It’s clear Muholi feels a sense of responsibility towards the black LGBTQ community in South Africa. But sometimes that obligation can overshadow the brilliance of her work. Another free-standing wall contains an image of quotes from survivors of corrective rape (an act where lesbian women are sexually assaulted in order to be cured of any same-sex urges).
Dense rhetoric containing social science jargon features a lot in these messages. The repetitive mention of terms such as “slut shame” and “white supremacist patriarchy” make you question whether these are the actual words of survivors of corrective rape. It seems strange that their first instinct would be to curse intangible social systems rather than the criminals who’ve tried to obliterate them from society. The use of this lofty language distances us from the survivors of these sexual attacks. It turns what they’ve gone through into abstractions spun for political gain.
It’s not to suggest all of the subjects in Muholi’s work wouldn’t use the language employed to explain why these crimes occur. They could be familiar with these terms. But their usage seems to speak more to Muholi’s self-styling as a “visual activist” than the reality faced by the individuals who survive these crimes. We get no sense of a person behind these quotes.. Despite the heavy subject matter, their accounts are devoid of emotional resonance because they’re intended to flaunt Muholi’s political leanings as opposed to focusing on the feelings of the survivors.
Another instance in which Muholi the artist plays second fiddle to her messianic perception of herself is the video display on a small HD TV of her having sex with her partner. While the moving images are blurred so you only see vague silhouettes of their bodies, it’s impossible to understand why Muholi chose to feature this piece in her exhibition. It comes across as a cheap way of being cutting-edge because it’s heaving with pseudo-provocativeness. Muholi doesn’t need to resort to these tactics because being provocative is a trait that comes naturally to her. She’s at her best when she tames her Messiah complex and lets her photography speak for itself.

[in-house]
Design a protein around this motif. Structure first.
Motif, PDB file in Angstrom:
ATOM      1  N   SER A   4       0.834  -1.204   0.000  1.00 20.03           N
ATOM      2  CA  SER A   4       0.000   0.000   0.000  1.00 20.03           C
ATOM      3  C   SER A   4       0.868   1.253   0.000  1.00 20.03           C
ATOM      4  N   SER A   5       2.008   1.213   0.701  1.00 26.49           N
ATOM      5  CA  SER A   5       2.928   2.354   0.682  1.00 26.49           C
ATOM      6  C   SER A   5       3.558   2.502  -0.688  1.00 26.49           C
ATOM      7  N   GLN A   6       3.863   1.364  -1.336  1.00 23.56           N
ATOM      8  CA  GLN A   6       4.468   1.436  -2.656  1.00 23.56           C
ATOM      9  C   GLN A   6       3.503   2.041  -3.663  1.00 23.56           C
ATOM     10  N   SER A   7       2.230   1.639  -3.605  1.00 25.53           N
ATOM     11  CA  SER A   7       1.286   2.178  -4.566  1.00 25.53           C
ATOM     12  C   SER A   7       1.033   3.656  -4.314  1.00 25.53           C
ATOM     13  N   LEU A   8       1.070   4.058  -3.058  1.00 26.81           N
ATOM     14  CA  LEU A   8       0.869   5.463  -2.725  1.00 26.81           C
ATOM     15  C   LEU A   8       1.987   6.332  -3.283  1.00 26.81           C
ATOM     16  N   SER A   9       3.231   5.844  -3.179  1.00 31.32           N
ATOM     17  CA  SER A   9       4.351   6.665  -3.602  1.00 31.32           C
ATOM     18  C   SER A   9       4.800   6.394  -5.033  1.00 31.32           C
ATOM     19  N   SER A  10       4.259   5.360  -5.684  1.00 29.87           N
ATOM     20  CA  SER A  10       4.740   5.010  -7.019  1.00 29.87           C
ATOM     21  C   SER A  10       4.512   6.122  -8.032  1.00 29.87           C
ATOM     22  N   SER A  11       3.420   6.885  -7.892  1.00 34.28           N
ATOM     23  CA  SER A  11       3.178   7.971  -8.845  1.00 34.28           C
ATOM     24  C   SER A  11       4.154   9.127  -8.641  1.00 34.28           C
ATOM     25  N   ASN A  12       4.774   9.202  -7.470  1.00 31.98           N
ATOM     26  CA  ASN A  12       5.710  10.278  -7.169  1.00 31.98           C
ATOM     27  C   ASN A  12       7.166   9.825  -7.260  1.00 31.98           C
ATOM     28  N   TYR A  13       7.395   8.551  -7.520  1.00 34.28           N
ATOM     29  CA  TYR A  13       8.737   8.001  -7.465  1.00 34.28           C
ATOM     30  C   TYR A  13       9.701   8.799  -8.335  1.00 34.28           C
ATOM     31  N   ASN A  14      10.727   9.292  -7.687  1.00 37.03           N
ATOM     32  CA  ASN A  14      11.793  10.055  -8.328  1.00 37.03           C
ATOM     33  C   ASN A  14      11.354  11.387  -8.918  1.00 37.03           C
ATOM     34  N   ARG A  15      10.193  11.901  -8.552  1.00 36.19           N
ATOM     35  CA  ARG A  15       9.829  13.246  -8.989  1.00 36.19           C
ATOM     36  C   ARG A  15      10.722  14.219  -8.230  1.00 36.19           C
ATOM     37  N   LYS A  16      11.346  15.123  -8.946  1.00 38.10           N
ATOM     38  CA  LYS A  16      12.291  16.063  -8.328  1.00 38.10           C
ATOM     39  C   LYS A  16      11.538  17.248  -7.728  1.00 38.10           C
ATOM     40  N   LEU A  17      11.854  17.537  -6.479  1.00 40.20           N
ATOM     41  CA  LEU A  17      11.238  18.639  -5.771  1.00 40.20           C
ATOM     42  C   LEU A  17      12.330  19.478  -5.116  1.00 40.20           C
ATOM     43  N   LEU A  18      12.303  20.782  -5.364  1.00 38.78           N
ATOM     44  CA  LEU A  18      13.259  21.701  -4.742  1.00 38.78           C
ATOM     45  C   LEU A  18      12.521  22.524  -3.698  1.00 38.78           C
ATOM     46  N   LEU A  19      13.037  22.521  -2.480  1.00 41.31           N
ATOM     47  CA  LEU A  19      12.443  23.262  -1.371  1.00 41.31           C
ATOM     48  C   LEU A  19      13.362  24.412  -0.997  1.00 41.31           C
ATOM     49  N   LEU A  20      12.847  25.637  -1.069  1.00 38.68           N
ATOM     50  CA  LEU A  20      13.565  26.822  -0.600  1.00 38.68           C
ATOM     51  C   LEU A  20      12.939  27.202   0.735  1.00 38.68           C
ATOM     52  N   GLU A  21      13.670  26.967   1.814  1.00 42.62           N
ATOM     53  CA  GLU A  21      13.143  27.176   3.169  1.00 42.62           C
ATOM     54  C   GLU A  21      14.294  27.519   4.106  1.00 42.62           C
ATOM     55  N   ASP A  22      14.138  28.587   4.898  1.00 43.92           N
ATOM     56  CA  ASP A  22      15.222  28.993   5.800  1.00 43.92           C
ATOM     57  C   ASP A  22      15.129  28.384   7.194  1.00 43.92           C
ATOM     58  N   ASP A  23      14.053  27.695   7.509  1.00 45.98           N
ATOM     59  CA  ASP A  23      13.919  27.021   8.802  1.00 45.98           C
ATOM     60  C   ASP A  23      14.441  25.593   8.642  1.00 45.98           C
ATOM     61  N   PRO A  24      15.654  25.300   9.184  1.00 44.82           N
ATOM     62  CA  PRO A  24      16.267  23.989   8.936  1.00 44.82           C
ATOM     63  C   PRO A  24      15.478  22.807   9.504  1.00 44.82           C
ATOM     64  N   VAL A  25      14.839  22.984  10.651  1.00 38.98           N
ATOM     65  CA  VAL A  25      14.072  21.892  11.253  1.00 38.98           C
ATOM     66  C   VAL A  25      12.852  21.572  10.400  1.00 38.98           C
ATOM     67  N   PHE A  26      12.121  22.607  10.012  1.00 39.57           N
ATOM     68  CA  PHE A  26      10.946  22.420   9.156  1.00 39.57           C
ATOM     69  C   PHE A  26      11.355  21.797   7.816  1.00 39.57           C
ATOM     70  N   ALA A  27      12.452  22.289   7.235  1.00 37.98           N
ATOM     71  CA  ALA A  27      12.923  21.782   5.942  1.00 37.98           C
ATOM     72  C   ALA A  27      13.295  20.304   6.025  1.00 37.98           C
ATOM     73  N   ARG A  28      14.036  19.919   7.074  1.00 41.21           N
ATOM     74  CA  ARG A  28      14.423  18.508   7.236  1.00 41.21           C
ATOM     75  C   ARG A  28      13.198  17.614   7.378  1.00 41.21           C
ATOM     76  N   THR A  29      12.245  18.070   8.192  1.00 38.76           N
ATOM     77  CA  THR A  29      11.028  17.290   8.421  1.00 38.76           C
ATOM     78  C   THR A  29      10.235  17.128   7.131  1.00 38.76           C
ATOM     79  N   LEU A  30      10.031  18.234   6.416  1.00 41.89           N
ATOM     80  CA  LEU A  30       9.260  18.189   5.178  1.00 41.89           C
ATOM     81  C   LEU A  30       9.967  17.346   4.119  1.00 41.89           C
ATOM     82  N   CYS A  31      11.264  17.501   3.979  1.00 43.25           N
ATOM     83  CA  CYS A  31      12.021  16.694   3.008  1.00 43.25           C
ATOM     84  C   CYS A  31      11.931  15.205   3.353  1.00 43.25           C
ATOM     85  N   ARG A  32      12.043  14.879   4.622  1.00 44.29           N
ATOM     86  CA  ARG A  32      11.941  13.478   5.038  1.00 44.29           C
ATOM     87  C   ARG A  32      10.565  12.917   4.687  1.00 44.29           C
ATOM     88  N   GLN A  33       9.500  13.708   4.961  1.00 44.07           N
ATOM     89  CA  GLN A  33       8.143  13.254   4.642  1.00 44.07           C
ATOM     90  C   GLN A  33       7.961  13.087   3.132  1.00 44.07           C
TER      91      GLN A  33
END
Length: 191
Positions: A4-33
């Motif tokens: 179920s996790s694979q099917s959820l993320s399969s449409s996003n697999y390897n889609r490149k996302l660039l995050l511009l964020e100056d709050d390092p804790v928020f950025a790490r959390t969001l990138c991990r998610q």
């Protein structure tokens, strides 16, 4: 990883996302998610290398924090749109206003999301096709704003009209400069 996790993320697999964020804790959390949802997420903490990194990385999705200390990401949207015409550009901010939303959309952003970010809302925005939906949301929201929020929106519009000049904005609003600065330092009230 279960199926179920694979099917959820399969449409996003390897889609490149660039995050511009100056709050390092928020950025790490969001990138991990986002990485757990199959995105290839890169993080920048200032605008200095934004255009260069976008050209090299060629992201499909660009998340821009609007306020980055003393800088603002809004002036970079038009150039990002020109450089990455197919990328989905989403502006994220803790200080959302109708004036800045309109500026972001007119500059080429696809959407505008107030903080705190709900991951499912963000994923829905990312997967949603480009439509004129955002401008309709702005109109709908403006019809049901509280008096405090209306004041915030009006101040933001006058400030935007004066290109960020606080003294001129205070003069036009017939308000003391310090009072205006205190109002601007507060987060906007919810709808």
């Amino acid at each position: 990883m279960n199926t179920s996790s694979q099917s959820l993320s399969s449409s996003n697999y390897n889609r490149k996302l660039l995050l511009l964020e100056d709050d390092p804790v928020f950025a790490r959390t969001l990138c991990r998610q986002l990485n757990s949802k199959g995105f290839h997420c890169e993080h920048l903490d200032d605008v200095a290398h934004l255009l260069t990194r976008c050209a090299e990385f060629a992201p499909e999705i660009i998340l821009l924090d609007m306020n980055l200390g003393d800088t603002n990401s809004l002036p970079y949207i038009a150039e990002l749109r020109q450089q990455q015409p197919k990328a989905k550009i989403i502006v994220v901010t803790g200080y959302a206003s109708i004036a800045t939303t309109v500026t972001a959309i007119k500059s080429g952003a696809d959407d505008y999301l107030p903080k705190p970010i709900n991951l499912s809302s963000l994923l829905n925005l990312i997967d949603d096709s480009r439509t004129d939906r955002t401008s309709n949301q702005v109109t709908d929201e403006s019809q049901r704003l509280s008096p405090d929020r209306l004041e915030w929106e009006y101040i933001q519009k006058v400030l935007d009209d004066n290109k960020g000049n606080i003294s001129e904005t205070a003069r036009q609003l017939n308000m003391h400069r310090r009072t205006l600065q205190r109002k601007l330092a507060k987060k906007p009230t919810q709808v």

The final part of the exhibition is an ode to lesbian weddings and funerals. According to Muholi, weddings and funerals exist side by side in the black lesbian and transgender community. There’s an alleyway with lively photographs and live footage from the wedding of lesbian couple Ayanda and Nhlanhla Moremi. It then leads to a dimly lit room containing a bouquet-adorned casket with a portrait of Muholi lying at the bottom. It’s manipulative move on Muholi’s part as she’s not dead nor is the couple whose wedding she’s recorded.
But she uses her own imagined death as a way of informing us how omnipresent death is for black lesbians and transgender people in South Africa. Muholi brings the inevitability of death closer to home by giving it a persona that’s larger than life. By inserting an image of herself in the coffin, Muholi puts death next to the familiar to make us feel its possibility more intensely.
In the language of isiZulu, the word “Isibonelo” means example and the name “Zanele” enough. In her exhibit, Zanele Muholi provides us with enough examples of the violent terror black South African lesbians and transgender people face everyday. She’s committed to documenting the courage and vulnerability of her community. There are times at which her ego gets the better of her work. But for the most part, she’s able to be the voice of her community while showcasing her exceptional talents as a visual provocateur.